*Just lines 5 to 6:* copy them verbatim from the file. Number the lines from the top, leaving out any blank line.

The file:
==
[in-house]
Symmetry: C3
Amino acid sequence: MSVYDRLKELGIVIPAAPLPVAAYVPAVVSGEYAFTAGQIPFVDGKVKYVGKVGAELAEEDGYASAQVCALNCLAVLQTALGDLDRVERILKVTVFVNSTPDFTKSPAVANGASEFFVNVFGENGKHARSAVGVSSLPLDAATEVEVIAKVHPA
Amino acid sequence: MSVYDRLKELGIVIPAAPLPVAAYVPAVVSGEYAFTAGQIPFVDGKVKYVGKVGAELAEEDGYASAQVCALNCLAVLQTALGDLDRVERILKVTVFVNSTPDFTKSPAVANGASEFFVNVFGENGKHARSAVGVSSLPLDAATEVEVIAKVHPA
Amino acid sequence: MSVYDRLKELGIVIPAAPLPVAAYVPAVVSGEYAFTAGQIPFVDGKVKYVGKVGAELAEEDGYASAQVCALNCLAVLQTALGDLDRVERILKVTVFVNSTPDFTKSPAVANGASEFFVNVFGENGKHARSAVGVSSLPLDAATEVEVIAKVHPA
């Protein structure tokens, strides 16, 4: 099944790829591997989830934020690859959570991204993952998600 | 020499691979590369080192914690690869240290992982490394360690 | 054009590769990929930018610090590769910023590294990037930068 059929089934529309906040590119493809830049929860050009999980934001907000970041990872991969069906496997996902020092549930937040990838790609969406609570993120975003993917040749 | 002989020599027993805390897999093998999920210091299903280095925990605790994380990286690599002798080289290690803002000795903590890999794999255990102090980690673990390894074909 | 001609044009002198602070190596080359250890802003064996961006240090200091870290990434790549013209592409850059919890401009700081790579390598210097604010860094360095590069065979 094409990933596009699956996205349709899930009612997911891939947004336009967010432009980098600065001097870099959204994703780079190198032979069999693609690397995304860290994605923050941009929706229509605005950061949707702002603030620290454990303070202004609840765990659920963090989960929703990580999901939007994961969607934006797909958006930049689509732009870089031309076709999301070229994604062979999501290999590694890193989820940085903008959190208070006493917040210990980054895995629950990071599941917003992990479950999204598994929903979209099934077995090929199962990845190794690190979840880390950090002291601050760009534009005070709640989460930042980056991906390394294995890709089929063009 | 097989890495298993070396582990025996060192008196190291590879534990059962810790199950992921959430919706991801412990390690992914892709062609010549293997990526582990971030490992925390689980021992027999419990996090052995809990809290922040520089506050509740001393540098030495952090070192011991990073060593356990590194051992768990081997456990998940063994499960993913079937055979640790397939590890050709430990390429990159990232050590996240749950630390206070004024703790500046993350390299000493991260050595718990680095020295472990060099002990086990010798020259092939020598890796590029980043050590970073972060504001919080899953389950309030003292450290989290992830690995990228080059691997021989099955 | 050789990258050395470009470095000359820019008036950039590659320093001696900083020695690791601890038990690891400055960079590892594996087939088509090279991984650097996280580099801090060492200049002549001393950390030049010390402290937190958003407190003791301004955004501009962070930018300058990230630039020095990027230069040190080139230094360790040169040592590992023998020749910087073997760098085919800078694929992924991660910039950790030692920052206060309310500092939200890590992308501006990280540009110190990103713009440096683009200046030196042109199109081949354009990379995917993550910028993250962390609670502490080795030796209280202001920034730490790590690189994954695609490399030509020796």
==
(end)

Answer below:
Amino acid sequence: MSVYDRLKELGIVIPAAPLPVAAYVPAVVSGEYAFTAGQIPFVDGKVKYVGKVGAELAEEDGYASAQVCALNCLAVLQTALGDLDRVERILKVTVFVNSTPDFTKSPAVANGASEFFVNVFGENGKHARSAVGVSSLPLDAATEVEVIAKVHPA
């Protein structure tokens, strides 16, 4: 099944790829591997989830934020690859959570991204993952998600 | 020499691979590369080192914690690869240290992982490394360690 | 054009590769990929930018610090590769910023590294990037930068 059929089934529309906040590119493809830049929860050009999980934001907000970041990872991969069906496997996902020092549930937040990838790609969406609570993120975003993917040749 | 002989020599027993805390897999093998999920210091299903280095925990605790994380990286690599002798080289290690803002000795903590890999794999255990102090980690673990390894074909 | 001609044009002198602070190596080359250890802003064996961006240090200091870290990434790549013209592409850059919890401009700081790579390598210097604010860094360095590069065979 094409990933596009699956996205349709899930009612997911891939947004336009967010432009980098600065001097870099959204994703780079190198032979069999693609690397995304860290994605923050941009929706229509605005950061949707702002603030620290454990303070202004609840765990659920963090989960929703990580999901939007994961969607934006797909958006930049689509732009870089031309076709999301070229994604062979999501290999590694890193989820940085903008959190208070006493917040210990980054895995629950990071599941917003992990479950999204598994929903979209099934077995090929199962990845190794690190979840880390950090002291601050760009534009005070709640989460930042980056991906390394294995890709089929063009 | 097989890495298993070396582990025996060192008196190291590879534990059962810790199950992921959430919706991801412990390690992914892709062609010549293997990526582990971030490992925390689980021992027999419990996090052995809990809290922040520089506050509740001393540098030495952090070192011991990073060593356990590194051992768990081997456990998940063994499960993913079937055979640790397939590890050709430990390429990159990232050590996240749950630390206070004024703790500046993350390299000493991260050595718990680095020295472990060099002990086990010798020259092939020598890796590029980043050590970073972060504001919080899953389950309030003292450290989290992830690995990228080059691997021989099955 | 050789990258050395470009470095000359820019008036950039590659320093001696900083020695690791601890038990690891400055960079590892594996087939088509090279991984650097996280580099801090060492200049002549001393950390030049010390402290937190958003407190003791301004955004501009962070930018300058990230630039020095990027230069040190080139230094360790040169040592590992023998020749910087073997760098085919800078694929992924991660910039950790030692920052206060309310500092939200890590992308501006990280540009110190990103713009440096683009200046030196042109199109081949354009990379995917993550910028993250962390609670502490080795030796209280202001920034730490790590690189994954695609490399030509020796």